Which court will decide on the custody of children in international families?

How is it possible to participate in proceedings abroad?

Only the so-called internationally competent court can rule on parents' applications for modification of their child.

This question falls under private international (family) law. The generally applicable rule for all countries does not exist, so we recommend that you refer your case to our Office or a legal representative.

The place of jurisdiction, i.e., where the child custody proceedings will be held, can significantly impact the further arrangement of the family relationships. Most often, the court that has jurisdiction is the court closest to the child, as it can have up-to-date information about the child. Therefore, as a rule, this will be the court in whose district the child is habitually resident.

What is habitual residence? It is the place where the child:
  • has a de facto long-term residence,
  • has a residence agreed upon by both parents,
  • has established social ties,
  • has medical care,
  • is educated,
  • or leisure activities.

Please note that the child's citizenship or declared permanent residence is not the main determining factor in the criteria. It is, therefore, not true that Czech courts can always decide on Czech children.

The fundamental legal regulation of the international jurisdiction of courts (binding on the Czech Republic) is contained in:

  • Council Regulation (EC) No 2201/2003 of 27 November 2003 on jurisdiction and the recognition and enforcement of the jurisdiction and enforcement of judgments in matrimonial matters and the matters of parental responsibility, and repealing regulation (EC) No 1347/2000 (Brussels IIbis Regulation)
  • Council Regulation (EC) No 4/2009 of 18 December 2008 on the jurisdiction, applicable law, recognition, and enforcement of decisions, and cooperation in matters relating to maintenance obligations (Regulation on Maintenance)
  • The Hague Convention on the jurisdiction, applicable law, recognition, enforcement, and cooperation in matters relating to maintenance obligations on parental responsibility and measures for the protection of children of 19 October 1996 (the Hague Convention on Convention of 1996)
  • bilateral international treaties
  • Act No. 91/2012 Coll. on Private International Law.

The court and the fact that the proceedings will be "international" may also affect the law under which the situation will be judged. Most often, the court will apply "its law" (the Czech court will assess the rights and obligations according to Czech law, the French court will judge according to French law, etc.). Still, there are situations where more than one law will influence the decision. You can consult your lawyers and the Office's staff on this issue.

How to give legal effect to a foreign judgment in the Czech Republic?

Court judgments are not automatically applicable in the territory of another country. They may not have any effect as if they did not exist. However, there are ways to bind a foreign judgment in another state. This is the so-called recognition of a foreign decision (often referred to as registration).

The conditions for recognizing judgments are in international treaties (multilateral, bilateral) and Act No. 91/2012 Coll. on Private International Law. Therefore, it is impossible to be summarised in general terms. According to the degree of cooperation between states, the following regimes of recognition of foreign judgments can be distinguished decisions:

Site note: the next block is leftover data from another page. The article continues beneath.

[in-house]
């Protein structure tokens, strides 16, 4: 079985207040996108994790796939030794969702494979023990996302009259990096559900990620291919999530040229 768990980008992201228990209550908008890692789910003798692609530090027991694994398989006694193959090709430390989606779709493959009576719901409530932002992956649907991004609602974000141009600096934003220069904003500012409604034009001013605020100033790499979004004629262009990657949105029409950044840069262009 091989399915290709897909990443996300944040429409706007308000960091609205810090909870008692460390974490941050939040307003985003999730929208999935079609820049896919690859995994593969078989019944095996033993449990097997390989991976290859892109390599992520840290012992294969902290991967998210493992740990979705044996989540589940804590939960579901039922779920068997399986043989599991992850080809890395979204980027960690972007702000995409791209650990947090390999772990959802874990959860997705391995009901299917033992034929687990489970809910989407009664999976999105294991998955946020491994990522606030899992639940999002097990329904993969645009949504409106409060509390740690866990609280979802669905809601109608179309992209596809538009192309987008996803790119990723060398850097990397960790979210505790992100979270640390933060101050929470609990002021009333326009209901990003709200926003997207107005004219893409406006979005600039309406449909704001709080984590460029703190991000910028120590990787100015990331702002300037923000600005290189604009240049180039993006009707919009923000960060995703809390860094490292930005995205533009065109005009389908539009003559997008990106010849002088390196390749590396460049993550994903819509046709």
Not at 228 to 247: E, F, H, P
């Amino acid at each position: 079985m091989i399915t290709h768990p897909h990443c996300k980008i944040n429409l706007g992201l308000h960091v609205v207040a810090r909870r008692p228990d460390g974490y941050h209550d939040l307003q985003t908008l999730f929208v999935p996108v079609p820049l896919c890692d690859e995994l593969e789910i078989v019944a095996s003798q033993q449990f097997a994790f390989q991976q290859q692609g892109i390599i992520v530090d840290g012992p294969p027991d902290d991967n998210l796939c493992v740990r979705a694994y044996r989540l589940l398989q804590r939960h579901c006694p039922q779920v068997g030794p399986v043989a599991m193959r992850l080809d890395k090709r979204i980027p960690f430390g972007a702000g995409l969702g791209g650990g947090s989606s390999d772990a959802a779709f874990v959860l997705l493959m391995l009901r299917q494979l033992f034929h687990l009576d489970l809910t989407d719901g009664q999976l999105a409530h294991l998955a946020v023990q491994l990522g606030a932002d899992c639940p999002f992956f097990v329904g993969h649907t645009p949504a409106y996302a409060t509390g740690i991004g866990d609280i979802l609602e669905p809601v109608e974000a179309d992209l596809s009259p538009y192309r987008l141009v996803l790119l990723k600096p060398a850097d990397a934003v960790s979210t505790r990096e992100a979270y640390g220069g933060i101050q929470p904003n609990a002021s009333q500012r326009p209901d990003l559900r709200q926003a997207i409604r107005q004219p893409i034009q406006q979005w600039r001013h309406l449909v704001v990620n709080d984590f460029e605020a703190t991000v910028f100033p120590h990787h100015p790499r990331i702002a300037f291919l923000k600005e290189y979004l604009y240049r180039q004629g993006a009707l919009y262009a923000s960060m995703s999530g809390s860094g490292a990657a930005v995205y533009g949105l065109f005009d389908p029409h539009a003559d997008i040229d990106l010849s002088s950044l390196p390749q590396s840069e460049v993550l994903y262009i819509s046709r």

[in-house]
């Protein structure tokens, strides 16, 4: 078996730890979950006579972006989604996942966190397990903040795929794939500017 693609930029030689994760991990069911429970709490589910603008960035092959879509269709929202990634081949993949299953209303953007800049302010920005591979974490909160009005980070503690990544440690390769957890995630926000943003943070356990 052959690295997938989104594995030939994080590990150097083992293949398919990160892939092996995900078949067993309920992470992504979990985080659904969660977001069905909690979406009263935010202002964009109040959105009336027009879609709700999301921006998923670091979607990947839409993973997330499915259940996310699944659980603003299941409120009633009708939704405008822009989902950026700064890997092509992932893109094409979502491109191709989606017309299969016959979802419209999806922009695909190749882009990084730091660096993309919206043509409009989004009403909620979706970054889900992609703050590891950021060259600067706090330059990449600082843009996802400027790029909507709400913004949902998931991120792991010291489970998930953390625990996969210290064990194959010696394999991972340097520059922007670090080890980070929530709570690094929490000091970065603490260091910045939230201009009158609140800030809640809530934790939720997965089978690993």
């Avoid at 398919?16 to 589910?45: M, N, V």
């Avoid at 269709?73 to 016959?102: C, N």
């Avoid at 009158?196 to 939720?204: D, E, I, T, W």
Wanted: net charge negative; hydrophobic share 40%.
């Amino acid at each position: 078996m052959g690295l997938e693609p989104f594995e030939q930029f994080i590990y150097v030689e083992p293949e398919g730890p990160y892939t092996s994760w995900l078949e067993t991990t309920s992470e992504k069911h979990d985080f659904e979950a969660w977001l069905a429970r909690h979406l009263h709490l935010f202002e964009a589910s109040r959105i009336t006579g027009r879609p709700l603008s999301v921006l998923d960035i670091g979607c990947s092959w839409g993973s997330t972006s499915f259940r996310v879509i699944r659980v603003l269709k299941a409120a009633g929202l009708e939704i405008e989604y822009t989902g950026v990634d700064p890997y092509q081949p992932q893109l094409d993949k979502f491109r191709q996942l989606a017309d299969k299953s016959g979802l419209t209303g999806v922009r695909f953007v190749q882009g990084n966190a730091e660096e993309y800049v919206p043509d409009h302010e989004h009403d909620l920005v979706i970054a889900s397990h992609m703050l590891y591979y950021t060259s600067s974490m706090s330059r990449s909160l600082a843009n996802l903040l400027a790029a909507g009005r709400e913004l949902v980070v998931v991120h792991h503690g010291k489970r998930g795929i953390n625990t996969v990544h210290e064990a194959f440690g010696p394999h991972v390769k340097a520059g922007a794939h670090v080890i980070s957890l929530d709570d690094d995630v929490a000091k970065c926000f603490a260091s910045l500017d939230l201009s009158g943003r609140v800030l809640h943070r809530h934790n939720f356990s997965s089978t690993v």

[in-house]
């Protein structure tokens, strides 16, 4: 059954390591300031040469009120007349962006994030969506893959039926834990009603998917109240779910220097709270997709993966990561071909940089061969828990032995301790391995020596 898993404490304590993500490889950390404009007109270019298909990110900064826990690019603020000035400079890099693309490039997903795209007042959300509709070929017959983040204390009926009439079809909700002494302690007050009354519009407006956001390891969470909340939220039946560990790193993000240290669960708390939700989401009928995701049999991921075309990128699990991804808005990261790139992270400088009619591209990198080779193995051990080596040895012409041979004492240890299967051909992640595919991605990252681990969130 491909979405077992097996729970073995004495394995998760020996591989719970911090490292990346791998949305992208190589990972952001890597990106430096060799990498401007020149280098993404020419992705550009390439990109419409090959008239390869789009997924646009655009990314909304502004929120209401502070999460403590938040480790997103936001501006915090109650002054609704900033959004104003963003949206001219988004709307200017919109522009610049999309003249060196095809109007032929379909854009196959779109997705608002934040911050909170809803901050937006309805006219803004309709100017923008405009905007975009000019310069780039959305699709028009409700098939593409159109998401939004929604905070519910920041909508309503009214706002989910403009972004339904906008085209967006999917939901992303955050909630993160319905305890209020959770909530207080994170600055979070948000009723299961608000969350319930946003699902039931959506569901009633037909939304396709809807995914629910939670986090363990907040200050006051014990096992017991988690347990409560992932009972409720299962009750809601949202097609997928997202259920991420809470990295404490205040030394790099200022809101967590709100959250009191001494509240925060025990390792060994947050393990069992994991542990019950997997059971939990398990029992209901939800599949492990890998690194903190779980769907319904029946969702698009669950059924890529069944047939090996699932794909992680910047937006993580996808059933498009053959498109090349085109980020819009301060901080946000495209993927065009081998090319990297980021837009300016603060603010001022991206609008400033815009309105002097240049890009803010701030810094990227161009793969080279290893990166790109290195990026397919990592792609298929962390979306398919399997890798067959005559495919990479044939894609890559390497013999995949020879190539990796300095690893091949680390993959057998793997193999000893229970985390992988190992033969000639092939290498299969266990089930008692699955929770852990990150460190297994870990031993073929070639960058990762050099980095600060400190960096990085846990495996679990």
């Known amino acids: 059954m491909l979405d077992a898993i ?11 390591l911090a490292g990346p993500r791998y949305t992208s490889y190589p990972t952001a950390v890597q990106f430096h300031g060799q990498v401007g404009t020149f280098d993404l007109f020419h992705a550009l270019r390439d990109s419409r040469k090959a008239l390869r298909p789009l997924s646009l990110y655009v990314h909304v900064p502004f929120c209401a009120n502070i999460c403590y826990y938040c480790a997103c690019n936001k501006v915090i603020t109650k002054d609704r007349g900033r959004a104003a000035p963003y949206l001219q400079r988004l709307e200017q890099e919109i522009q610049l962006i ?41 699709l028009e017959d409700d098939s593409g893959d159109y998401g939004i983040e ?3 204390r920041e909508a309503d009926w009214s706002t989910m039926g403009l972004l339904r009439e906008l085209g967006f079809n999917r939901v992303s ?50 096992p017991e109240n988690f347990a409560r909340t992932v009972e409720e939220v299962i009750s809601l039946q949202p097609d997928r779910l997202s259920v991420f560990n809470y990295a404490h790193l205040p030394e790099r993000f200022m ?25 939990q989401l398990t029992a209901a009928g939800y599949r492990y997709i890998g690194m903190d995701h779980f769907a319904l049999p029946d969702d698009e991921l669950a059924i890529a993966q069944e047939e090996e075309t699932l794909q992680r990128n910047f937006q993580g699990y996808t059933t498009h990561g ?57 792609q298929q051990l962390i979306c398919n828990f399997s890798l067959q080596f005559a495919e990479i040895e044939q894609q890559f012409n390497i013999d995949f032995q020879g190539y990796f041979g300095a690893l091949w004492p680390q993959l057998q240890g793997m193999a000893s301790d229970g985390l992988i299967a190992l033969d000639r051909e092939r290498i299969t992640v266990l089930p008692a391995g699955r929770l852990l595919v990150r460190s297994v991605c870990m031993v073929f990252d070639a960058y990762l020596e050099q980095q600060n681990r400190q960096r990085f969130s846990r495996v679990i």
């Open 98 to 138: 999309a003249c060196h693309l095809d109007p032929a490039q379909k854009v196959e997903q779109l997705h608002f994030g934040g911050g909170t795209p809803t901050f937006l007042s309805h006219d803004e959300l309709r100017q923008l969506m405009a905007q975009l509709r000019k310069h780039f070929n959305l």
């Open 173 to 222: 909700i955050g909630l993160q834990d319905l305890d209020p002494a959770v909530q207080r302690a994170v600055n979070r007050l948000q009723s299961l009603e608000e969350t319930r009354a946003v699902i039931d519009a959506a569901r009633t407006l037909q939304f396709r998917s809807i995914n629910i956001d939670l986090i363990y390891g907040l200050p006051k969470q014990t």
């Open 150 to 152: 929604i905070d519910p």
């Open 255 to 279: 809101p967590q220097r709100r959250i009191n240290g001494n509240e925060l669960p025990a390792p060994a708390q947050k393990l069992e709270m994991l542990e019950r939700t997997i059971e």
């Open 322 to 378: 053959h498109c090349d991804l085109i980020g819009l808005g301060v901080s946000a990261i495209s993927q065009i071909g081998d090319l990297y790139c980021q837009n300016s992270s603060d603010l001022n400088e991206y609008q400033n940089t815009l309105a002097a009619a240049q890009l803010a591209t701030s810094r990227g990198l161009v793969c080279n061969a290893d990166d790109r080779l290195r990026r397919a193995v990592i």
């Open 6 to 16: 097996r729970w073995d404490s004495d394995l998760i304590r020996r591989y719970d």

• automatic recognition without the need for a particular procedure
  • a separate judgment must decide recognition
  • the conditions for recognition of a foreign judgment are lacking, and an application for a foreign judgment would probably be rejected.

This is a very complex topic, so we recommend you contact our Office or an attorney to check the possibility of recognizing a foreign judgment in the Czech Republic or vice versa.

How can I participate in proceedings abroad?

We deal with many parents in situations where judgment is given abroad. Still, the parent lives in the Czech Republic. Being a party to proceedings before foreign courts can be complicated and costly, depending on the type of proceedings involved.

In practice, we can recommend that a parent who lives in a different state than where the court proceedings are being held involving the children:
  • inform the court of their correct address for service of process (or, where appropriate, grant full power of attorney for service on a relative in the state where the court proceedings are pending - service abroad is time-consuming and often unworkable)
  • be procedurally active - seek to find out the details of the proceedings and make timely submissions on the subject matter of the proceedings (at least in writing)
  • try to attend the court hearing (in person or arrange for legal representation)
  • find out about the possibilities of securing free legal aid (usually without difficulty in Western countries) and of securing a court interpreter abroad
  • try to resolve the matter amicably (with the help of the Office or another institution)
  • find out the possibilities of participating in the proceedings remotely or ask the foreign court to arrange their participation by telephone or video conference call.

Our staff can relay their experiences and those of other clients regarding how the proceedings abroad were conducted.

You can contact us to check if we have such information. The Office will also inform you about the possibilities of cooperation with central authorities abroad.

The Office cannot represent Czech citizens before other countries' courts, nor are we authorized to comment on proceedings abroad. Clients and the Office often contact Czech embassies abroad (consulates, embassies) and ask for their assistance. You can find the contacts for the embassies at www.mzv.cz.